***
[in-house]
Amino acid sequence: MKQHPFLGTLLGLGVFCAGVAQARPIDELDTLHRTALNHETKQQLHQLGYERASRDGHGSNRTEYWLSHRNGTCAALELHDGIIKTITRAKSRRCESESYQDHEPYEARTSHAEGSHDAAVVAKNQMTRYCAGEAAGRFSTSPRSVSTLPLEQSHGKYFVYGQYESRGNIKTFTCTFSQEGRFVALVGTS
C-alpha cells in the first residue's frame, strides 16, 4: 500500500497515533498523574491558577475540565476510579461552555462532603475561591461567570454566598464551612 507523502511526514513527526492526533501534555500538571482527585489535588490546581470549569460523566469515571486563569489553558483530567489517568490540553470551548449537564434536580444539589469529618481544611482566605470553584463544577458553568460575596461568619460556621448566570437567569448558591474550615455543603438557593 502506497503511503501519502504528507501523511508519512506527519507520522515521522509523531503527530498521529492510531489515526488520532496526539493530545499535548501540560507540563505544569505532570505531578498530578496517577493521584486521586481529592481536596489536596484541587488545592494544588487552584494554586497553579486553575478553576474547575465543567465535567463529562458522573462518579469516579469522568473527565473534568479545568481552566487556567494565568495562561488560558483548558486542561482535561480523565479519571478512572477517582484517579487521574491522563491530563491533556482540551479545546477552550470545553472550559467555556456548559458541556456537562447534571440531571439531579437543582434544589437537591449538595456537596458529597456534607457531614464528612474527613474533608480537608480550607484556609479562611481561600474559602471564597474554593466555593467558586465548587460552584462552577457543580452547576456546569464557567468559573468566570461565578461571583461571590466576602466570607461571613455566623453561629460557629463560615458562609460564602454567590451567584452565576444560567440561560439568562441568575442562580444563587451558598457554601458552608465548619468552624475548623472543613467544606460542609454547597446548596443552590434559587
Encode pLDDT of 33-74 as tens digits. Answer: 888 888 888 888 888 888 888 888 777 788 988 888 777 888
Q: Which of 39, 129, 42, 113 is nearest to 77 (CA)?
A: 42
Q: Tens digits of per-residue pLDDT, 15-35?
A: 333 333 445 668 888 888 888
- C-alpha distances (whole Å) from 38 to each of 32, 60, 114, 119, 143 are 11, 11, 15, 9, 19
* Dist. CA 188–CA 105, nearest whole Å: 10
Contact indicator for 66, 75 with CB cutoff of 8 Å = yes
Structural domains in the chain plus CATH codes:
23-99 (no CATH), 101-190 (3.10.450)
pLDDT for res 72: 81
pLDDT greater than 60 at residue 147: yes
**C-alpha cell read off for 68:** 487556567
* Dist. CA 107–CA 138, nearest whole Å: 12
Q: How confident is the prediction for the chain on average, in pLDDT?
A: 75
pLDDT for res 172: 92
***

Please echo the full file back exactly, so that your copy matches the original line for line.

[in-house]
Amino acid sequence: MKQHPFLGTLLGLGVFCAGVAQARPIDELDTLHRTALNHETKQQLHQLGYERASRDGHGSNRTEYWLSHRNGTCAALELHDGIIKTITRAKSRRCESESYQDHEPYEARTSHAEGSHDAAVVAKNQMTRYCAGEAAGRFSTSPRSVSTLPLEQSHGKYFVYGQYESRGNIKTFTCTFSQEGRFVALVGTS
C-alpha cells in the first residue's frame, strides 16, 4: 500500500497515533498523574491558577475540565476510579461552555462532603475561591461567570454566598464551612 507523502511526514513527526492526533501534555500538571482527585489535588490546581470549569460523566469515571486563569489553558483530567489517568490540553470551548449537564434536580444539589469529618481544611482566605470553584463544577458553568460575596461568619460556621448566570437567569448558591474550615455543603438557593 502506497503511503501519502504528507501523511508519512506527519507520522515521522509523531503527530498521529492510531489515526488520532496526539493530545499535548501540560507540563505544569505532570505531578498530578496517577493521584486521586481529592481536596489536596484541587488545592494544588487552584494554586497553579486553575478553576474547575465543567465535567463529562458522573462518579469516579469522568473527565473534568479545568481552566487556567494565568495562561488560558483548558486542561482535561480523565479519571478512572477517582484517579487521574491522563491530563491533556482540551479545546477552550470545553472550559467555556456548559458541556456537562447534571440531571439531579437543582434544589437537591449538595456537596458529597456534607457531614464528612474527613474533608480537608480550607484556609479562611481561600474559602471564597474554593466555593467558586465548587460552584462552577457543580452547576456546569464557567468559573468566570461565578461571583461571590466576602466570607461571613455566623453561629460557629463560615458562609460564602454567590451567584452565576444560567440561560439568562441568575442562580444563587451558598457554601458552608465548619468552624475548623472543613467544606460542609454547597446548596443552590434559587
Encode pLDDT of 33-74 as tens digits. Answer: 888 888 888 888 888 888 888 888 777 788 988 888 777 888
Q: Which of 39, 129, 42, 113 is nearest to 77 (CA)?
A: 42
Q: Tens digits of per-residue pLDDT, 15-35?
A: 333 333 445 668 888 888 888
- C-alpha distances (whole Å) from 38 to each of 32, 60, 114, 119, 143 are 11, 11, 15, 9, 19
* Dist. CA 188–CA 105, nearest whole Å: 10
Contact indicator for 66, 75 with CB cutoff of 8 Å = yes
Structural domains in the chain plus CATH codes:
23-99 (no CATH), 101-190 (3.10.450)
pLDDT for res 72: 81
pLDDT greater than 60 at residue 147: yes
**C-alpha cell read off for 68:** 487556567
* Dist. CA 107–CA 138, nearest whole Å: 12
Q: How confident is the prediction for the chain on average, in pLDDT?
A: 75
pLDDT for res 172: 92